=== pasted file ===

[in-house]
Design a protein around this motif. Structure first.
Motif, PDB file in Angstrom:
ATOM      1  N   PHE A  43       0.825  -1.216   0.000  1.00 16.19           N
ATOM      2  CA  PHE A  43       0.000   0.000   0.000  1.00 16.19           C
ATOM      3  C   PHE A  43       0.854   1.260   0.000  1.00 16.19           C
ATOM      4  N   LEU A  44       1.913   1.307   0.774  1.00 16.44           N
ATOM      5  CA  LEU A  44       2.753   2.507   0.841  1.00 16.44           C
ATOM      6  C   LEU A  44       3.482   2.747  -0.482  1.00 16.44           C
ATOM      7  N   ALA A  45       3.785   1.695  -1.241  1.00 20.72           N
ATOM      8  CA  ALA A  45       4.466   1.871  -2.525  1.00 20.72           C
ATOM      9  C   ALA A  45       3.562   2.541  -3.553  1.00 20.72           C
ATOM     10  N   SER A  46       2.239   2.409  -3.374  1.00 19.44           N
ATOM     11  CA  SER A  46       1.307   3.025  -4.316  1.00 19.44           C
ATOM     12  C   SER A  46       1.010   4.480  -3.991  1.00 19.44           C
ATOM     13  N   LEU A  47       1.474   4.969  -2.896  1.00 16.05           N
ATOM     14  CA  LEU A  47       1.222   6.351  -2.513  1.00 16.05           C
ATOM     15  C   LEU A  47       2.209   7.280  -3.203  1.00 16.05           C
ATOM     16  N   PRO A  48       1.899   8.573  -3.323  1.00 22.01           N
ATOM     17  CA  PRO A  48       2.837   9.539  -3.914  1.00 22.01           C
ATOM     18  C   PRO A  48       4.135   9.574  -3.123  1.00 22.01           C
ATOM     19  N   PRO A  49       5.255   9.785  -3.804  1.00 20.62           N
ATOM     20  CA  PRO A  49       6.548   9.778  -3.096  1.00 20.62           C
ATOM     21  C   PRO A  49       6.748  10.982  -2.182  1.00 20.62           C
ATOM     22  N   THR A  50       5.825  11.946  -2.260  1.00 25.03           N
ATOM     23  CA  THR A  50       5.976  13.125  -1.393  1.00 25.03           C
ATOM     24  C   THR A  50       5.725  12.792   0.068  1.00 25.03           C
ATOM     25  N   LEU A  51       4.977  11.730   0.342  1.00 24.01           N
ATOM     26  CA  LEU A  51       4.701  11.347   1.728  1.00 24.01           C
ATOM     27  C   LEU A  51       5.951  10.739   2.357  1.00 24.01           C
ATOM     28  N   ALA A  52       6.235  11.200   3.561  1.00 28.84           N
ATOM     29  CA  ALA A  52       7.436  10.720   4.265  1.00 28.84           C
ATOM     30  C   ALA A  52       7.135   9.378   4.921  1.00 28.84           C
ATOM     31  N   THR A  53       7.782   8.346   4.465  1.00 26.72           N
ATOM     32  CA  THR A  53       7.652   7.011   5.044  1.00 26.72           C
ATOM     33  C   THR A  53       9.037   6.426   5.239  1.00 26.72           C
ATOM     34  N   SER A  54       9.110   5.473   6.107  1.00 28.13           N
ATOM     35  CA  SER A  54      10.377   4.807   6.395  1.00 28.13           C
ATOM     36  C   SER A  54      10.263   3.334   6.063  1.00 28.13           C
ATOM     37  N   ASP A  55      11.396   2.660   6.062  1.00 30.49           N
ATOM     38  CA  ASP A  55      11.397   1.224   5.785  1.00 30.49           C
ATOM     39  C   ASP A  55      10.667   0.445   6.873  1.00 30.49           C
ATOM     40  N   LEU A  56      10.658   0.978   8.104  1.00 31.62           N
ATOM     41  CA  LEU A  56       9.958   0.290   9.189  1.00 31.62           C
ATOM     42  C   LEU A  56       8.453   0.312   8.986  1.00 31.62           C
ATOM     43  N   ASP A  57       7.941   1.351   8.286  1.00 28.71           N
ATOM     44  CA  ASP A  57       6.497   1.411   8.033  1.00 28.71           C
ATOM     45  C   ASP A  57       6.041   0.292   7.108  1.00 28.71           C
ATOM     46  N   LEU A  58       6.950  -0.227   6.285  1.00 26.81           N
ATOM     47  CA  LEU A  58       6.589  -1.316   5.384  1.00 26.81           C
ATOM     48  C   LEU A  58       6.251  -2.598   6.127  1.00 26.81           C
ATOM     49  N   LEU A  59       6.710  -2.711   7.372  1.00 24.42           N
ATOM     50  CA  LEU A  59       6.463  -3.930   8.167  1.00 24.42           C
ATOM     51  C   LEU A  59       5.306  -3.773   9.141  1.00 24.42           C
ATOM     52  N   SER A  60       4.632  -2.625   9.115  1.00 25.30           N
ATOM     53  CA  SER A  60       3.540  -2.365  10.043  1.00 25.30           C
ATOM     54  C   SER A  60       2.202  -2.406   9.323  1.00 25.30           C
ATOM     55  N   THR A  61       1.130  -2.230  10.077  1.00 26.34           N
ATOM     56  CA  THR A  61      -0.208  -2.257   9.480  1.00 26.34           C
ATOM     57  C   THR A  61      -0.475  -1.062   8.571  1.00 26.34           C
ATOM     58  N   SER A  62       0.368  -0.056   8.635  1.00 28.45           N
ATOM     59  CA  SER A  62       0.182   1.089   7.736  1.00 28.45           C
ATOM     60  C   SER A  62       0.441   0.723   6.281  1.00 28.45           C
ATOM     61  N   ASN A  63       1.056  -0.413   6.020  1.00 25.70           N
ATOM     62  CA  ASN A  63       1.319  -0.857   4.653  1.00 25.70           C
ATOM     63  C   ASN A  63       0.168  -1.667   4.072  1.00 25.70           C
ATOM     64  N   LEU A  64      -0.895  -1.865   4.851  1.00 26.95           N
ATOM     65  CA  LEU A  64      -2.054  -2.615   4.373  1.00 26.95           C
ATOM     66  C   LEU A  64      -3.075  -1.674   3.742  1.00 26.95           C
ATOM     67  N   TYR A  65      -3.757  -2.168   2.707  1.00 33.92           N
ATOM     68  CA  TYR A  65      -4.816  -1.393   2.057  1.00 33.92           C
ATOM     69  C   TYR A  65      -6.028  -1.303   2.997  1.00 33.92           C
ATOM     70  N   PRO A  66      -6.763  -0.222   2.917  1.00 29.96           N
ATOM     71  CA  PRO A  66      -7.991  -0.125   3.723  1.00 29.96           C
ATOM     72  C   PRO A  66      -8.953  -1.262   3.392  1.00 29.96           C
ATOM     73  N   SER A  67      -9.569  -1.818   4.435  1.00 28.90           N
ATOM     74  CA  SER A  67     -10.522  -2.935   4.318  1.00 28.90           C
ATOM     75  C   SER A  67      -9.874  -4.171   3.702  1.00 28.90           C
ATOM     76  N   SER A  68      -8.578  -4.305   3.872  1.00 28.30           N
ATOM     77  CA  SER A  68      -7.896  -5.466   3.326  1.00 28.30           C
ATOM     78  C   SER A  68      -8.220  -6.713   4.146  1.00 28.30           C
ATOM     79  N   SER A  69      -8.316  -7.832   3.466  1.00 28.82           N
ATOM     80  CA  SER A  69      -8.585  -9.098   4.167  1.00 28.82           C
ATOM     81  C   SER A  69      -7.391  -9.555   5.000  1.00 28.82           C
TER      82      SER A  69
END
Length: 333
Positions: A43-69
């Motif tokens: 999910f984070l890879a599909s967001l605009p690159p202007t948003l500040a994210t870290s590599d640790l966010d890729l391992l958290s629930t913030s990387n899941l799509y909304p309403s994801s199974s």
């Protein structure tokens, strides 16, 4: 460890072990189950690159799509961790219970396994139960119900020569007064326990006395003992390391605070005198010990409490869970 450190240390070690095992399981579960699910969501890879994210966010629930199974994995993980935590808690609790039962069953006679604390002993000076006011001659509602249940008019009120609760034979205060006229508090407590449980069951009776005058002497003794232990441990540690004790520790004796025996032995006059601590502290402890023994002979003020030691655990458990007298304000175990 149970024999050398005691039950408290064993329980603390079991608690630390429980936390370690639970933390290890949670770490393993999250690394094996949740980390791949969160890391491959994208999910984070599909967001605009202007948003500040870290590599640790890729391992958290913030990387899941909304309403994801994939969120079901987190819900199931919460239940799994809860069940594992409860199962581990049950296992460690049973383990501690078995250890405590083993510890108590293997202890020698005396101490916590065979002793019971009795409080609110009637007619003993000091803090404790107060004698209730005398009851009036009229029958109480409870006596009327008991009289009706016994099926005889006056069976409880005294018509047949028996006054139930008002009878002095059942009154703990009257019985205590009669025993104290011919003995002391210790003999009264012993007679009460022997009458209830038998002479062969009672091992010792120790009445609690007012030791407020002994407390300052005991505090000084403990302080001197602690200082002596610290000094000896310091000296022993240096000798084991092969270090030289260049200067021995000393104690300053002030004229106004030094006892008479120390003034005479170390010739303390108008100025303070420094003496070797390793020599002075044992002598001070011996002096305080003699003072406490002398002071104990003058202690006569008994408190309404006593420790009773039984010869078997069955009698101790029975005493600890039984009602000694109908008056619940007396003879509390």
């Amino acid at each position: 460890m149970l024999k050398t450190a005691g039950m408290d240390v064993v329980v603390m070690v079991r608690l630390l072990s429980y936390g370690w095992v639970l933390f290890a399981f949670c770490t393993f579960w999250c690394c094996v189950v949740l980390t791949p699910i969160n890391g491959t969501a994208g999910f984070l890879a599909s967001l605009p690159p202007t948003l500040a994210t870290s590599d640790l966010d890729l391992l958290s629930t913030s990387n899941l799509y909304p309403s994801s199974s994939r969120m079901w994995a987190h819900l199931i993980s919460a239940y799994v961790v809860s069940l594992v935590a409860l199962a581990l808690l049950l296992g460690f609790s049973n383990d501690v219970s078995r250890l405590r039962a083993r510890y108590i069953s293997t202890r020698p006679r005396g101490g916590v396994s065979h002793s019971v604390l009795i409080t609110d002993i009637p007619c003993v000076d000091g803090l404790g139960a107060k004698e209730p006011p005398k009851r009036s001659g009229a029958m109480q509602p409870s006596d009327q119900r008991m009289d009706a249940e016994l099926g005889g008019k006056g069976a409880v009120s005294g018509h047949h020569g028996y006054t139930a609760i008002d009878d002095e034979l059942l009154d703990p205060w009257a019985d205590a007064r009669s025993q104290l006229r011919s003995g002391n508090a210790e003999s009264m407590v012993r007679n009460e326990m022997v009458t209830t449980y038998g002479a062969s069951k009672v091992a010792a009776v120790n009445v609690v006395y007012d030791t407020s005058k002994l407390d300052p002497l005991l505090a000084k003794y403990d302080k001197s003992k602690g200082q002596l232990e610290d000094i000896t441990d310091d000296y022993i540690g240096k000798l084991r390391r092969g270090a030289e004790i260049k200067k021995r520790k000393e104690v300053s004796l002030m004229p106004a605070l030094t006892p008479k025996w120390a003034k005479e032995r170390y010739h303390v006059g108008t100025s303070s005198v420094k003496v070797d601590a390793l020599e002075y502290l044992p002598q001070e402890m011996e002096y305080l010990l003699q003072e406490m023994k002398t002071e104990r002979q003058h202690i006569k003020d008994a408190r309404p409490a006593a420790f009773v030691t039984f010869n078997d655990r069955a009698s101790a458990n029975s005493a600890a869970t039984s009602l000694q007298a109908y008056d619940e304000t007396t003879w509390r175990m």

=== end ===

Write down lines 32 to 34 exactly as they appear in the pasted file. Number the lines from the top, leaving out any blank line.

ATOM     29  CA  ALA A  52       7.436  10.720   4.265  1.00 28.84           C
ATOM     30  C   ALA A  52       7.135   9.378   4.921  1.00 28.84           C
ATOM     31  N   THR A  53       7.782   8.346   4.465  1.00 26.72           N